According to him, every aspect of the economy has been negatively impacted by Covid-19. “With the stoppage of movement, productivity was also halted in every sector of the economy. So the productive aspect of the economy was badly affected by Covid-19.
“For now, there is no magic to save the economy from recession. We can only mitigate the impact and work towards recovery from the recession, and the way to go about that is to increase public investment and fiscal discipline on the side of the government,” he said.
He noted that the private sector can only support the government, while favourable policies are expected from the government. “But the major bulk lies on the desk of the government. Let the government keep investing in infrastructures, ensure fiscal discipline, create jobs, and encourage the private sector with ease of doing business,” he added.
Speaking in the same vein, Bismarck Rewane, an economic analyst, believed that the economy would plunge into recession in the third quarter of this year and warned that this year’s recession might be more severe since it has virtually little or no buffer in terms of foreign reserves as against the 2016 recession, which had a reasonable buffer to support the economy. Rewane, who is also a member of the presidential advisory council of the government, predicted that the inflation rate would hover between 15 and 18 percent this year with food prices maintaining the upward swing until 2021, when the economy is expected to start its gradual recovery with inflation dropping to about 13 percent.
Speaking on Channels Television Democracy programme on Friday, June 12, Rewane said that the Gross Domestic Product might dip to -3.4 percent or more, while the exchange rate for the naira would continue its downward trend, but would remain convertible.
But the minister of finance, budget and national planning, Zainab Ahmed and the Governor of the Central Bank of Nigeria, Godwin Emefiele were concerned about the impending recession and listed measures to be taken to ameliorate the impact of the inevitable recession on the country’s economy.
In August, the finance minister warned that the Nigerian economy may slide into recession in this third quarter of this year, warning that country’s economy was already exhibiting “some symptoms of cold before the outbreak of the cold linked to the coronavirus”.
Ahmed told lawmakers recently in Abuja that prior to the outbreak of the virus which led to decline in crude oil prices, “the Nigerian economy was already fragile, vulnerable and deteriorating”. The minister explained that the global economic downturn had forced international oil prices to drop to as low as $22 per barrel and that international travels and trade had been severely disrupted, while demand for goods and services is deteriorating as a result of the lockdown and other restrictive measures.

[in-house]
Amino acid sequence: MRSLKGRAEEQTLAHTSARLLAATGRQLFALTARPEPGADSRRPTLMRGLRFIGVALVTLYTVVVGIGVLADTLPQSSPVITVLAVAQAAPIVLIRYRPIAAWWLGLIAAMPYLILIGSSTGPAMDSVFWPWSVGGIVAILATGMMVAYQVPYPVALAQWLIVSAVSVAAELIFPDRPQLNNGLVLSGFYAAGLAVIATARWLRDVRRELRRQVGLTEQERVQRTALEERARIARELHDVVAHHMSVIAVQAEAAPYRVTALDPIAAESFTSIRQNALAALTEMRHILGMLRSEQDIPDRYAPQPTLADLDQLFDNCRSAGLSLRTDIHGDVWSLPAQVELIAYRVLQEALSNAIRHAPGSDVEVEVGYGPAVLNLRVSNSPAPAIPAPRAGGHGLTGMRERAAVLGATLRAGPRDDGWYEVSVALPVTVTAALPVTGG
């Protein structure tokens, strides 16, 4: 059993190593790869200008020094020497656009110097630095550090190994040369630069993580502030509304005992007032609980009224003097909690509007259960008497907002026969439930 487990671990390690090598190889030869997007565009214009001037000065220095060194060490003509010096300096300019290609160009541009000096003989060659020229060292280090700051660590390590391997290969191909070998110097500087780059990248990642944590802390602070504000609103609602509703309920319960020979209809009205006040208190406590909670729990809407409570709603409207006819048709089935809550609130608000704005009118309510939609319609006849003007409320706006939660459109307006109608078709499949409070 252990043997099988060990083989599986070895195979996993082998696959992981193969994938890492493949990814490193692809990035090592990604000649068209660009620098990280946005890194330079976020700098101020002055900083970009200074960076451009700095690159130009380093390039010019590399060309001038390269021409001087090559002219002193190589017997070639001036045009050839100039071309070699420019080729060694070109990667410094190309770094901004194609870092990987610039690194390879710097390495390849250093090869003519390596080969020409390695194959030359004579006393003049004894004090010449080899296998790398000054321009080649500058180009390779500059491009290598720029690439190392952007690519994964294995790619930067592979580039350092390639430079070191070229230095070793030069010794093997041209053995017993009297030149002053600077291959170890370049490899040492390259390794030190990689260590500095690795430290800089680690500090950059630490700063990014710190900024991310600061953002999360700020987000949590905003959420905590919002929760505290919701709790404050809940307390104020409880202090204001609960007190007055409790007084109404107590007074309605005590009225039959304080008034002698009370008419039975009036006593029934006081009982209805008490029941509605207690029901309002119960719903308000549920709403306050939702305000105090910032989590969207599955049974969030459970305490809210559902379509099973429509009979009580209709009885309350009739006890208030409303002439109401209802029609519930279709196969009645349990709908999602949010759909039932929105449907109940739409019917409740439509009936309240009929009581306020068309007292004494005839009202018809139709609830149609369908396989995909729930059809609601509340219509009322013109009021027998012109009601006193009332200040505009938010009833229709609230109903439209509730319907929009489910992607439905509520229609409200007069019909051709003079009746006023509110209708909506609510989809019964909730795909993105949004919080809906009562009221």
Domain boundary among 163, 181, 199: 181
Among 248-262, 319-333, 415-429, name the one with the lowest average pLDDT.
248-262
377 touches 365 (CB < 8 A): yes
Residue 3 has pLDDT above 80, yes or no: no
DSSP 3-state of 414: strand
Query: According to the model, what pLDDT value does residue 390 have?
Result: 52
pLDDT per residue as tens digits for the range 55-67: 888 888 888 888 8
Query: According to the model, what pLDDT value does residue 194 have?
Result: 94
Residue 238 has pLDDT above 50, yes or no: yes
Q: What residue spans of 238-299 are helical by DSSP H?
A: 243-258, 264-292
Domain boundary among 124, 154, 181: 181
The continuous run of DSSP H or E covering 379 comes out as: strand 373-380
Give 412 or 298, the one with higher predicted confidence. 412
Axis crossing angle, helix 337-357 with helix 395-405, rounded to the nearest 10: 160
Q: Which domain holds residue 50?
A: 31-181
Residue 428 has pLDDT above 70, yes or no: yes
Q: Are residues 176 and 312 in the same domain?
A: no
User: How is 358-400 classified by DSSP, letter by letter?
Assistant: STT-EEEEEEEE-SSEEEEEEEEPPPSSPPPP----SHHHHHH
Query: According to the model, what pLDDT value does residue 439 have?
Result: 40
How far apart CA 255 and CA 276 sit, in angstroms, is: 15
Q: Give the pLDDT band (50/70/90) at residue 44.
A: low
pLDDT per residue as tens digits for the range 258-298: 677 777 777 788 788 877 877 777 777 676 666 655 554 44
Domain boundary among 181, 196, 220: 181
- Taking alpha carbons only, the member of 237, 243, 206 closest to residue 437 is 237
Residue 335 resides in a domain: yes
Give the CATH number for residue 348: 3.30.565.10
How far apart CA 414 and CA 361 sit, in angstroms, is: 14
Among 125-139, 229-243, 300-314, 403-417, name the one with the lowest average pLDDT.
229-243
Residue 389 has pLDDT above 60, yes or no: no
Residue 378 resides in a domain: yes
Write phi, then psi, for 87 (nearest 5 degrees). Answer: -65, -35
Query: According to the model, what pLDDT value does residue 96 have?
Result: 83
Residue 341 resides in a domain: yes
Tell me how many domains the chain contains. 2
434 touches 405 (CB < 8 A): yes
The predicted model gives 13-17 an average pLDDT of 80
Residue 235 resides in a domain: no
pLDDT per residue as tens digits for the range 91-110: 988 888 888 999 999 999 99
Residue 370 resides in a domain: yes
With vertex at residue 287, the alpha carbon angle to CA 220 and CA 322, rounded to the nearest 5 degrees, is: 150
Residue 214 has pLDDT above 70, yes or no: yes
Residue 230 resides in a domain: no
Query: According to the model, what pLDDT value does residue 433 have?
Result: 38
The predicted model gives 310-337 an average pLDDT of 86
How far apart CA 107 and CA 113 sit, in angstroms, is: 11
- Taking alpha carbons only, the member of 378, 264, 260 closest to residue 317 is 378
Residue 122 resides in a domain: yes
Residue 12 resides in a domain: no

In her first reaction after the declaration that the Nigerian economy has slipped into recession, Ahmed said on Monday, November 23, that the country would exit recession by the first quarter of 2021.
Speaking at the just concluded 26th Nigerian Economic Summit organised by the Nigerian Economic Summit Group and the Federal Ministry of Finance, Budget, and National Planning, Ahmed said the COVID-19-induced recession followed the pattern across the world where many countries had entered economic recession.
“Nigeria is not alone in this, but I will say that Nigeria has outperformed all of these economies in terms of the record of a negative growth,” she said. Economic Recession:
And for Emefiele, the CBN through its Monetary Policy Committee, MPC, has retained key lending rates at 11.5%. Speaking after MPC meeting in Abuja. He explained that the decision was part of efforts to boost the economy towards a sustainable recovery from the recession.
“Members voted in line with the most pressing need towards reversing the recession and achieving medium-term macro-economic stability.
“In view of the foregoing, the committee decided by a unanimous vote to retain all parameters,” Emefiele said.
“In summary, MPC voted 1, to retain MPR at 11.5%, (2), retain asymmetric corridor of +100 and -700 basis points around the MPR, (3) retain Cash Reserve Ratio at 27.5% and (4), retain liquidity ratio at 30%.”
Emefiele has also assured that the nation’s economy will grow by 2% in 2021. Delivering his keynote address at the 55th Annual Bankers Dinner of the Chartered Institute of Bankers of Nigeria (CIBN) in Lagos on Friday, November 27, Emefiele said that he was optimistic that the various intervention of the apex bank would make Nigeria emerge out of recession in the first quarter of 2021.
Emefiele hinged his optimism on the fact that Nigeria’s external reserves currently at $35 billion could cover seven months of imports of goods and services.
In addition to the various fiscal and monetary measures being pursued to ameliorate the impact of Covid-19 on the country’s economy and rescue it from its worst recession, the finance minister believes that the new facility of $1.5 billion from the World Bank will make a difference in the quest to manage the current recession and ensure that the country exits from it early next year.
29, N0V 2020 @10:06 GMT